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Sistine Chapel, Vatican Museums, Rome Virtual Tour

The virtual museums hold actual collections in a gallery setting with an appealing design and layout. The study illustrates an exhibit of a Rome Virtual Tour that simulates the existing location comprising a sequence of still images and videos. Besides, it incorporates media elements, including texts, narration, music, and sound effects. The virtual tour accounts for the Vatican Museums as Vatican City’s public museums.

The Vatican Museums include the most important masterpieces and renowned Roman sculptures of Renaissance art worldwide. The hotspots of Rome’s virtual tour illuminate the Sistine Chapel, the Raphael Rooms, and Pio Clementino Museum (Vaticani, Virtual Tours). For instance, the study is conscious of the Sistine Chapel in Italy, the Pope’s official residence at the Vatican City, Apostolic Palace. It is famous due to its Renaissance frescoes by the artist Michelangelo.

The study illustrates the exhibit’s artwork of the Sistine Chapel, popularly painted by Michelangelo, who undertook the creation of legendary frescoes in a standing position. In painting the walls and ceilings of the Sistine Chapel, Michelangelo used the media with a scaffolding designed for moving across the chapel. He used a fresco media technique applying washes of paints to wet plaster, enabling the painting process. Fundamentally, the artist used the buon fresco and fresco secco technique to add color to the artwork.

The paintings in the Sistine Chapel assume a size of nearly five thousand square feet with a painting area of approximately forty meters long by thirteen meters wide of frescoes (Ulrich 19). The artwork used Renaissance architecture as the historic style used by European architecture, particularly between the early fifteenth and sixteenth centuries in various regions. Michelangelo used the style to demonstrate a conscious revival and development of specific elements associated with the material culture and thought of Romans and ancient Greek. The artwork belongs in the category of Sistine Chapel ceiling.

The artwork represents a formalism theory of Western Art portraying dimensions of landscape, people, and history in a highly realistic impressionist style linking the American West culture. Michelangelo uses the theory to master the artistic principles and elements. The piece of art succeeded considering the consistency of most of its visual features encompassing color and line quality. Sistine Chapel incorporates a division into at least two equal sections through a pattern of floor mosaics and a marble screen (Ulrich 23). Additionally, its unique pavement simulated medieval floors that featured multicolored mosaics to form concentric circles and geometric patterns. The Sistine Chapel artwork utilized design principles such as proportion, alignment and balance, emphasis, repetition, and contrast to create a valuable and attractive composition.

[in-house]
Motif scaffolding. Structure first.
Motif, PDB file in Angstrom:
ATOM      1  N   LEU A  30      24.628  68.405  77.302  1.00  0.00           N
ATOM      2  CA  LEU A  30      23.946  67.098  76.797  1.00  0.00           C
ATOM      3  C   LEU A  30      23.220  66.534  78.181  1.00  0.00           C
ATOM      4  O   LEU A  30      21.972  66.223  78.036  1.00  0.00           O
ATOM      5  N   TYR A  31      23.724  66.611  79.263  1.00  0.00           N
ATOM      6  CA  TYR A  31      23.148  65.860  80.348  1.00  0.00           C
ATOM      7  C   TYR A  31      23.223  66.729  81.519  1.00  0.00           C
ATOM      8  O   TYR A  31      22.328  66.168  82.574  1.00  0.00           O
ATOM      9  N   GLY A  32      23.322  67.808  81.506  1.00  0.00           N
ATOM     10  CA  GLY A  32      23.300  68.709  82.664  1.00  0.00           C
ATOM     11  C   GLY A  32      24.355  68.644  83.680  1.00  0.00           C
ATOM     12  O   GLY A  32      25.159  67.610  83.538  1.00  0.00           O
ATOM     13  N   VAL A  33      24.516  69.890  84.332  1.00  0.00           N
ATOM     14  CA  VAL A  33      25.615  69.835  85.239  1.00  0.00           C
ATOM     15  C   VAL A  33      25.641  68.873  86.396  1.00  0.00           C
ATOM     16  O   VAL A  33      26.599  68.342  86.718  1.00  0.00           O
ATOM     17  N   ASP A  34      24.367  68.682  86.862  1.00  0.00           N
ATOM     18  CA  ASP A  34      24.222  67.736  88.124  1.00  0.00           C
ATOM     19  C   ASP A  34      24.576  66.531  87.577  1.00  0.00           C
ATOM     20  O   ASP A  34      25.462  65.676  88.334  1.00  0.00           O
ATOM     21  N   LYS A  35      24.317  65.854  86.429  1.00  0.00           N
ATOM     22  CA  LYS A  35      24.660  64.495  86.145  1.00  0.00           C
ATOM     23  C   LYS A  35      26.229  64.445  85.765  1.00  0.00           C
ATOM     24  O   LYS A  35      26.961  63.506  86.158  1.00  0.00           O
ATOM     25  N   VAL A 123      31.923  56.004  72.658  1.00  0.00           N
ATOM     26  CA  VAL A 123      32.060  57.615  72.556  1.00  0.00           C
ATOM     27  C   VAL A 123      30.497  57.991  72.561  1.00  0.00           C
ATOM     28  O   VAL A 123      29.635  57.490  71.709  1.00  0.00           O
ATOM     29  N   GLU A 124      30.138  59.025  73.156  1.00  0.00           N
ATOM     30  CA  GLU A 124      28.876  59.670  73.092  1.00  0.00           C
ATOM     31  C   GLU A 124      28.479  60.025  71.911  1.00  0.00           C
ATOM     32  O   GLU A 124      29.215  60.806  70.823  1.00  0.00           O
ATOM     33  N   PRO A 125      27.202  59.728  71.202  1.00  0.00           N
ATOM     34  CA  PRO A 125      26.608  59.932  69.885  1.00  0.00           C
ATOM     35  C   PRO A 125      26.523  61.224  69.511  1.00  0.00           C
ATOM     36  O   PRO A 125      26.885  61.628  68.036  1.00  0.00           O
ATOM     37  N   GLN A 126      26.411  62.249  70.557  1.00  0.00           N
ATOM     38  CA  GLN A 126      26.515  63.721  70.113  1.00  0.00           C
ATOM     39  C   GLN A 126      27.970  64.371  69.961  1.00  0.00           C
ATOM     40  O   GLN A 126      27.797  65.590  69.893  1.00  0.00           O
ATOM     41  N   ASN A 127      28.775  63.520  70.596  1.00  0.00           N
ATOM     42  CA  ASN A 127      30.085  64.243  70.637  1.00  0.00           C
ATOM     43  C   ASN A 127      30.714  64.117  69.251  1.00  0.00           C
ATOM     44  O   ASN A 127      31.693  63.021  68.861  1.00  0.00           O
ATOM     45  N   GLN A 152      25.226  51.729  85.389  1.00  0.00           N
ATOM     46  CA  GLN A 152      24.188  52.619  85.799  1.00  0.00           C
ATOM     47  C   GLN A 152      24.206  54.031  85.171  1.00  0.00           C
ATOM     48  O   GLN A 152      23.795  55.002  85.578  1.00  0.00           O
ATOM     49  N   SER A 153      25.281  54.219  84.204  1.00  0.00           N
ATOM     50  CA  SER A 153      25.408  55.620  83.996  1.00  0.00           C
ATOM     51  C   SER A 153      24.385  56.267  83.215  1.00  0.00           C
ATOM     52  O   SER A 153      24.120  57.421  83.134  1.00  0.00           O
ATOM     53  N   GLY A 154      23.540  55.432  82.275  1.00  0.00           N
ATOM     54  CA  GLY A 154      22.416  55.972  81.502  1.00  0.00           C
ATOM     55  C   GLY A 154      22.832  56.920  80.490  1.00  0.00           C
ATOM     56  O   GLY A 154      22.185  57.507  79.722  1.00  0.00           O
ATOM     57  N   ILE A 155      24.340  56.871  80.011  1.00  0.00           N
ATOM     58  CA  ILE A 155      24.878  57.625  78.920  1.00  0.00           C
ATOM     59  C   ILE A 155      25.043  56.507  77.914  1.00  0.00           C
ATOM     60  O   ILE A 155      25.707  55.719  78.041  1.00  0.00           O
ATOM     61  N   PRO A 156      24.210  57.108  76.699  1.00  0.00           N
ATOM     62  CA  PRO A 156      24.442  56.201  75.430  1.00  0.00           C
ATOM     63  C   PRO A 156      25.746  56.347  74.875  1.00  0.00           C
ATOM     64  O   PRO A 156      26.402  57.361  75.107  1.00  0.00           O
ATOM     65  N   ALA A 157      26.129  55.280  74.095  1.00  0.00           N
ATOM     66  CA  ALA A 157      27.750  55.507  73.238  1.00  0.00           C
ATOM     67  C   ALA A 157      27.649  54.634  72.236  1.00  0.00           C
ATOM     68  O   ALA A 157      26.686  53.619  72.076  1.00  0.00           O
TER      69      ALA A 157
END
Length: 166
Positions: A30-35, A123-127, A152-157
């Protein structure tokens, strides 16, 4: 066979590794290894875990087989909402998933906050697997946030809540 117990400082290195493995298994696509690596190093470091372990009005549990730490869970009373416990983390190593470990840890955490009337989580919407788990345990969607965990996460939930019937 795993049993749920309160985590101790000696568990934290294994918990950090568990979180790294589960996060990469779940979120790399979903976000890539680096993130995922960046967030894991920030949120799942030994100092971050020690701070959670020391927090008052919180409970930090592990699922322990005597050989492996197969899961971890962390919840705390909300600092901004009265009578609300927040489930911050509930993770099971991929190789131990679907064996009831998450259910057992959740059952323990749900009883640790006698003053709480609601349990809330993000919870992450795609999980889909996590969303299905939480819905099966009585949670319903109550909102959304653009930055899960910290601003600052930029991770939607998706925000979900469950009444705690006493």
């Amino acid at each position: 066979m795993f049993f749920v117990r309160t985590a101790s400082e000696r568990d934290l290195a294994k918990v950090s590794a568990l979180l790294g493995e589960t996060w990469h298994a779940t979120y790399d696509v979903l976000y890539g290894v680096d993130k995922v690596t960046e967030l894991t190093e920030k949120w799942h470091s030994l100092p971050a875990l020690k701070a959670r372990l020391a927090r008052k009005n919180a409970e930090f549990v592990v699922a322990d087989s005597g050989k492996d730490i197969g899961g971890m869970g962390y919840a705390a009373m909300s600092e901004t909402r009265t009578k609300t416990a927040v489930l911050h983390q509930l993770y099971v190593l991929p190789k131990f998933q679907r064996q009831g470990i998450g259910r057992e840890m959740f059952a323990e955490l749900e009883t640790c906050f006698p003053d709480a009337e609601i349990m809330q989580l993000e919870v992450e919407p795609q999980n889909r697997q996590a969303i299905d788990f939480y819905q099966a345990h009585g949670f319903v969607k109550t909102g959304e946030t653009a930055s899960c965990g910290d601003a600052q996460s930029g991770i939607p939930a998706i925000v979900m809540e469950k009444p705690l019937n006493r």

The artwork is attractive since it enables an illustration of several competing and coalescing styles of the Renaissance. It is a masterpiece that captures the very beginning of humanity with works depicting personages and incidences from the Old Testament. It has beautiful works, some telling the stories of Moses and Christ, key for humanity’s survival and decent living. However, dislike of the artwork raises concerns over its nudity, necessitating a cover-up of the genitals by adding loincloths and fig leaves. Also, since camera flashes can harm the artwork, photography is off-limits at the Sistine Chapel in Italy.

In conclusion, the exhibit fosters utmost worthiness for the viewer due to its symbolic representation of papacy favorable for Christian-hood. The artwork is impressive for a viewer considering its design and creation of a unique scaffolding system sturdy enough to enhance their creativity. Moreover, the exhibit is not only for God giving Adam intelligence but also for observation and intelligence. It integrates the bodily organs creating a possibility to lead without the necessity of the Church directly to God.

Works Cited

Msvei Vaticani. Virtual Tours. Retrieved 2022, from

Pfisterer, Ulrich. The Sistine Chapel: Paradise in Rome. Getty Publications, 2018.


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